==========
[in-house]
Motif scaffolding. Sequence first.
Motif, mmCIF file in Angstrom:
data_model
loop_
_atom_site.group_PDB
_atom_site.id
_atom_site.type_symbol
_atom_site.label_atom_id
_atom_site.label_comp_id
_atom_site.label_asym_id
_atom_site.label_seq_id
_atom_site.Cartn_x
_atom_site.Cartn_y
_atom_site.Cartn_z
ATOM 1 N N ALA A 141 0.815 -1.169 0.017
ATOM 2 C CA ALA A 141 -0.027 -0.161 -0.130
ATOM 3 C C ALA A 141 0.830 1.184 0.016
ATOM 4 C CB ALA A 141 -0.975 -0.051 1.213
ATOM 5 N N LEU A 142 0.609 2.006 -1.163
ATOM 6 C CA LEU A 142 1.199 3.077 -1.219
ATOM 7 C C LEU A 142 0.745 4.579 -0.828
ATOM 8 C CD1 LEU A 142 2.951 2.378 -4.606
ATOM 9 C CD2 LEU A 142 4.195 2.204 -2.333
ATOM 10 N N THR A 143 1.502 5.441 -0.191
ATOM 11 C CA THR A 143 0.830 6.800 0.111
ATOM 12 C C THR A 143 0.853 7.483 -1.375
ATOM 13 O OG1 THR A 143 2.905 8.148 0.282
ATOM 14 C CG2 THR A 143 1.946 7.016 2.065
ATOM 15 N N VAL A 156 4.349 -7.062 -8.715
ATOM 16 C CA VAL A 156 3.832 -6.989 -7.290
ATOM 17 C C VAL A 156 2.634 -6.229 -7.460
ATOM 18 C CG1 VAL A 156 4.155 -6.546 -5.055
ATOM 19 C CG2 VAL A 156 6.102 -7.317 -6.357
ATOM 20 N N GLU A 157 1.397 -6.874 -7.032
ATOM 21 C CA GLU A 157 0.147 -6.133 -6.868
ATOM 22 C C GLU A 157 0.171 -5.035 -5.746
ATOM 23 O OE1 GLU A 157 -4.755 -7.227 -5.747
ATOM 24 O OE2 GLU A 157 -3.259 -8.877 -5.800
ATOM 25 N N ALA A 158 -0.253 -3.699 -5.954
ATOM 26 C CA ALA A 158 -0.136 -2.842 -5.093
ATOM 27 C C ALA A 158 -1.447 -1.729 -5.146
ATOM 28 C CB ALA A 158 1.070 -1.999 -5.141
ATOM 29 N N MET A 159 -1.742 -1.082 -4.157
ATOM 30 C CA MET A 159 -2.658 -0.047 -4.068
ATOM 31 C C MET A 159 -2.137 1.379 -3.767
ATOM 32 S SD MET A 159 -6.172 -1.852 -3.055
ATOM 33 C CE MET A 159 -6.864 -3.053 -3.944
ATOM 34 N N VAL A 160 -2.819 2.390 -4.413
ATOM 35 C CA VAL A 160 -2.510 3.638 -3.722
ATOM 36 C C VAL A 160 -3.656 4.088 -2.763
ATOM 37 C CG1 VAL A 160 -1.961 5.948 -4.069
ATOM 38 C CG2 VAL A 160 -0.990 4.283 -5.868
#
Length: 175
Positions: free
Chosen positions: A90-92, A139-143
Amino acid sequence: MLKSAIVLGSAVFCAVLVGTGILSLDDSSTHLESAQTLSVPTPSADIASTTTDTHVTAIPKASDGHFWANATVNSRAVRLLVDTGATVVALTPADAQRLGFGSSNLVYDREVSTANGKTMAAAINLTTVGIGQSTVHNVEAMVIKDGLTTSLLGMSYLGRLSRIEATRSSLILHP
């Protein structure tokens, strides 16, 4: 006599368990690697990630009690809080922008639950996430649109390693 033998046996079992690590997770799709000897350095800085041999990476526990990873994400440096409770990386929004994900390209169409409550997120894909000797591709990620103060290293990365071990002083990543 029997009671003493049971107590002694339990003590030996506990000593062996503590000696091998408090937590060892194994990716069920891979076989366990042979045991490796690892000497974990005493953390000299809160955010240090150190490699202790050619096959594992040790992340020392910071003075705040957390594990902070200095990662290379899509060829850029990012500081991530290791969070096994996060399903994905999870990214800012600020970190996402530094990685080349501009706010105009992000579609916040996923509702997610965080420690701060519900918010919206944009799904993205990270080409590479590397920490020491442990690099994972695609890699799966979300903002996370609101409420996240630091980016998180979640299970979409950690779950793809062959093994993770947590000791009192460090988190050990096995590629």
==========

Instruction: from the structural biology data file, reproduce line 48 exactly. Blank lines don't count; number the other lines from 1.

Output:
ATOM 33 C CE MET A 159 -6.864 -3.053 -3.944